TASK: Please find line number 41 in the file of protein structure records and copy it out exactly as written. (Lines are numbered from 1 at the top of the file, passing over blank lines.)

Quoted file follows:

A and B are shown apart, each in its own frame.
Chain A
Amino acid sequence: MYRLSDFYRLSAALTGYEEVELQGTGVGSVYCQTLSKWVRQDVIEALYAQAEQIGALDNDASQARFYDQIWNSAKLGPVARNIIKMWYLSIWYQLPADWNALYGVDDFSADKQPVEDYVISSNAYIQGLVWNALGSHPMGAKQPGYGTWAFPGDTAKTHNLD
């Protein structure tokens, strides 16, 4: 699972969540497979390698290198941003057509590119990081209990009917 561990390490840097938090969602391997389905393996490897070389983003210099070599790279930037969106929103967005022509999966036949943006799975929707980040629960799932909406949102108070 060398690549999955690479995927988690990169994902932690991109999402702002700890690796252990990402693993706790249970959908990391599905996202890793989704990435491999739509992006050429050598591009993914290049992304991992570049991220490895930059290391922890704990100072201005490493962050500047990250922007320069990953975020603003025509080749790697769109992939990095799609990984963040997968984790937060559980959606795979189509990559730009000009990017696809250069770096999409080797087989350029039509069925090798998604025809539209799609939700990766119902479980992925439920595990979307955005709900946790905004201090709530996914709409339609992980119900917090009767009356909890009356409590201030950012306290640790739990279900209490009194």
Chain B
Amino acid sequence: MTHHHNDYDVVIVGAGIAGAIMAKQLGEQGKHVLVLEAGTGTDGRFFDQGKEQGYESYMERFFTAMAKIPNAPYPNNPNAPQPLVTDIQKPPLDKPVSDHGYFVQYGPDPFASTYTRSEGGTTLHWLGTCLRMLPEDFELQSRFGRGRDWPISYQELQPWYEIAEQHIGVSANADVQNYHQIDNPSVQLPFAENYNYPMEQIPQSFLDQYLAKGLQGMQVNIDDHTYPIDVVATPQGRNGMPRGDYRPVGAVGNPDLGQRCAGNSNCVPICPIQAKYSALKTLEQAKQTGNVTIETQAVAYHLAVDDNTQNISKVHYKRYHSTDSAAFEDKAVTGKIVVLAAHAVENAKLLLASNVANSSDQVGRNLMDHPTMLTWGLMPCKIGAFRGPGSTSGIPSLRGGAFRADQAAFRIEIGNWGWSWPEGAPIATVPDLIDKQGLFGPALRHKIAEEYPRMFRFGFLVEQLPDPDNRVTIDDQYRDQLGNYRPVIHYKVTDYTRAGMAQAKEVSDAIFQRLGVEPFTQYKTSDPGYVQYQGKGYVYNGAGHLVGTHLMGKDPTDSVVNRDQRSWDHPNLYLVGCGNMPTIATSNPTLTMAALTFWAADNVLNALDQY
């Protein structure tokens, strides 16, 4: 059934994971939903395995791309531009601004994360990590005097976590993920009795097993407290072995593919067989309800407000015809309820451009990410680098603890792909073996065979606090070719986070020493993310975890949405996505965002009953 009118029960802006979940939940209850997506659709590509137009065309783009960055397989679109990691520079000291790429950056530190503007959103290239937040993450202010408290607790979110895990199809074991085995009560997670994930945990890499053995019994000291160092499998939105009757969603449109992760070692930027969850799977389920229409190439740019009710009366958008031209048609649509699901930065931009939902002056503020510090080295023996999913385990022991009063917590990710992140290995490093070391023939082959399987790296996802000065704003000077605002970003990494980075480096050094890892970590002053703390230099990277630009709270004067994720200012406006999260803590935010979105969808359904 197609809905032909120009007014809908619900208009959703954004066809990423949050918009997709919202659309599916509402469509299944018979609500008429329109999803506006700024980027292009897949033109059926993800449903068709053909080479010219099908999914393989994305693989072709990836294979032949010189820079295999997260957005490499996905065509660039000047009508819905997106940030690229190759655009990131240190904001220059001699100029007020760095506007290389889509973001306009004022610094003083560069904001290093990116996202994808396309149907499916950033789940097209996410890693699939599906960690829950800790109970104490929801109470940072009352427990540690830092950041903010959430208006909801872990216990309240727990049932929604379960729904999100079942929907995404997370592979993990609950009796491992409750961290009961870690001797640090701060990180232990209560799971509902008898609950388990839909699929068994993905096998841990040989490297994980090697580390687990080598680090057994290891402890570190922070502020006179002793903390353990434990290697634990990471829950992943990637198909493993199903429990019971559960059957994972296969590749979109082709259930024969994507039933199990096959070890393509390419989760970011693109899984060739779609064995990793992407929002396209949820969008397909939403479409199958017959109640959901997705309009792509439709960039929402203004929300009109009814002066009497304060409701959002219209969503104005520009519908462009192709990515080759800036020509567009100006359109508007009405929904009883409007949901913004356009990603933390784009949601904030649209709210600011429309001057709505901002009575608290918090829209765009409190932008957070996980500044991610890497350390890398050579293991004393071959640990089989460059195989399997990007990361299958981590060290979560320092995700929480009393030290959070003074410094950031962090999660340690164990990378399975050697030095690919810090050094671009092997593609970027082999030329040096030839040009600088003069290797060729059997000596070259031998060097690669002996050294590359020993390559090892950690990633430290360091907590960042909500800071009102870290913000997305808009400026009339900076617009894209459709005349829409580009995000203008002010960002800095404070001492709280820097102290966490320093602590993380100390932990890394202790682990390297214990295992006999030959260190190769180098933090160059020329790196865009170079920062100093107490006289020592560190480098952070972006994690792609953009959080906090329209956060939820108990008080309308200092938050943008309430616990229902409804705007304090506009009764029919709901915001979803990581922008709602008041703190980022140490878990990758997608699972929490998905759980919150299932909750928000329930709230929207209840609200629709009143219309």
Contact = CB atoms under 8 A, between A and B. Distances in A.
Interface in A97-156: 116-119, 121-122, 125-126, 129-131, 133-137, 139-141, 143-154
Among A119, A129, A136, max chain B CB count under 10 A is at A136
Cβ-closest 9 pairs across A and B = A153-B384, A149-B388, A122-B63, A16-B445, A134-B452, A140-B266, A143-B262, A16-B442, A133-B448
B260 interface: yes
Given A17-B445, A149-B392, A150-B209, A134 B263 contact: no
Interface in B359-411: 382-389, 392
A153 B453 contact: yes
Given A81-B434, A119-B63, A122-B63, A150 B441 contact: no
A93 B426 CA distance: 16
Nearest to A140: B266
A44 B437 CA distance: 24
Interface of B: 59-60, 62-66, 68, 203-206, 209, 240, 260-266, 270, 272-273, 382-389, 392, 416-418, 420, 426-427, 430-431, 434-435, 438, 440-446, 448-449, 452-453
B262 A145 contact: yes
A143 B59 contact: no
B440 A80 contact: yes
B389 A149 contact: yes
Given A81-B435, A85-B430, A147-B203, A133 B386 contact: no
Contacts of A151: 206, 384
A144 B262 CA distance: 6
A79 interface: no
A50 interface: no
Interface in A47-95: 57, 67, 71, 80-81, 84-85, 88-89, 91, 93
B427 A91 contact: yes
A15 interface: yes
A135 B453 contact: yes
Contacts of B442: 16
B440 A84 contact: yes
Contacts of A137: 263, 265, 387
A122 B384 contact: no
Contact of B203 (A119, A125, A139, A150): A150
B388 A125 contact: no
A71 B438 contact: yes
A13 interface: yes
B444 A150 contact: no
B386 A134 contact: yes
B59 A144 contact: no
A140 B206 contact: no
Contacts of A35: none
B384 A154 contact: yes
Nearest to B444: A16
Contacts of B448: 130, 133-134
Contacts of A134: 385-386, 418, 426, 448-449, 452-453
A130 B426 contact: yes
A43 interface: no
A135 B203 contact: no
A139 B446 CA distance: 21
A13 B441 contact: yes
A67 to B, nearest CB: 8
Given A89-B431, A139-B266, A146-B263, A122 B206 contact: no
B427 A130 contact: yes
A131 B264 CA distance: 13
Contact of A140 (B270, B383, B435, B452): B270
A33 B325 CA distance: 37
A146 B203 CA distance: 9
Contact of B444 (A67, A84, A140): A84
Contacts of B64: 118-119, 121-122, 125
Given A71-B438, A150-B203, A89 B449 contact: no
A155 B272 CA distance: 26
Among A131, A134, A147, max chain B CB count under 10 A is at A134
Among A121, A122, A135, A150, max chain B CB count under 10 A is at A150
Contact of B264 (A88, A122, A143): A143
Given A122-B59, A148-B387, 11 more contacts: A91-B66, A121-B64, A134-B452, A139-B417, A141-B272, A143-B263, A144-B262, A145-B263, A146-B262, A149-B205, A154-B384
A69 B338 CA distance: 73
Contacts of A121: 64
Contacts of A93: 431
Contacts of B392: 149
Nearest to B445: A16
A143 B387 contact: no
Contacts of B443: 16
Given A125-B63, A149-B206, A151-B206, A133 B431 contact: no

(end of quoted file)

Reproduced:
A13 interface: yes